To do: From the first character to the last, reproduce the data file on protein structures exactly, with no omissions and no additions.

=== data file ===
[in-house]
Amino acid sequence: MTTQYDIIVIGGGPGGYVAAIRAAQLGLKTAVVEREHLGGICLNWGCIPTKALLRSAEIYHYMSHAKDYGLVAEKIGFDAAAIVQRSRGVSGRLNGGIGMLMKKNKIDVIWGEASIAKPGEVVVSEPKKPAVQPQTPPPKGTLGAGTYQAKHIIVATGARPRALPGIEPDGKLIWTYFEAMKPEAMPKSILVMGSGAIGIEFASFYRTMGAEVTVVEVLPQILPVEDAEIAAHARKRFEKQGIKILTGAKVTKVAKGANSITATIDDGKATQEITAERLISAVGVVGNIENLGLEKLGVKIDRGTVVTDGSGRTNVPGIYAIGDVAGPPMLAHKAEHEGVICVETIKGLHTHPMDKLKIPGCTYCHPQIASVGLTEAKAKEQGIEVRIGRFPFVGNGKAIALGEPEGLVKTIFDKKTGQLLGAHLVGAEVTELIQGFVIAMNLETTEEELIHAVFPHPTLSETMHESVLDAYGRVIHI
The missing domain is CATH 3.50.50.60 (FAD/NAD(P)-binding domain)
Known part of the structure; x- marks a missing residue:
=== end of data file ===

[in-house]
Amino acid sequence: MTTQYDIIVIGGGPGGYVAAIRAAQLGLKTAVVEREHLGGICLNWGCIPTKALLRSAEIYHYMSHAKDYGLVAEKIGFDAAAIVQRSRGVSGRLNGGIGMLMKKNKIDVIWGEASIAKPGEVVVSEPKKPAVQPQTPPPKGTLGAGTYQAKHIIVATGARPRALPGIEPDGKLIWTYFEAMKPEAMPKSILVMGSGAIGIEFASFYRTMGAEVTVVEVLPQILPVEDAEIAAHARKRFEKQGIKILTGAKVTKVAKGANSITATIDDGKATQEITAERLISAVGVVGNIENLGLEKLGVKIDRGTVVTDGSGRTNVPGIYAIGDVAGPPMLAHKAEHEGVICVETIKGLHTHPMDKLKIPGCTYCHPQIASVGLTEAKAKEQGIEVRIGRFPFVGNGKAIALGEPEGLVKTIFDKKTGQLLGAHLVGAEVTELIQGFVIAMNLETTEEELIHAVFPHPTLSETMHESVLDAYGRVIHI
The missing domain is CATH 3.50.50.60 (FAD/NAD(P)-binding domain)
Known part of the structure; x- marks a missing residue: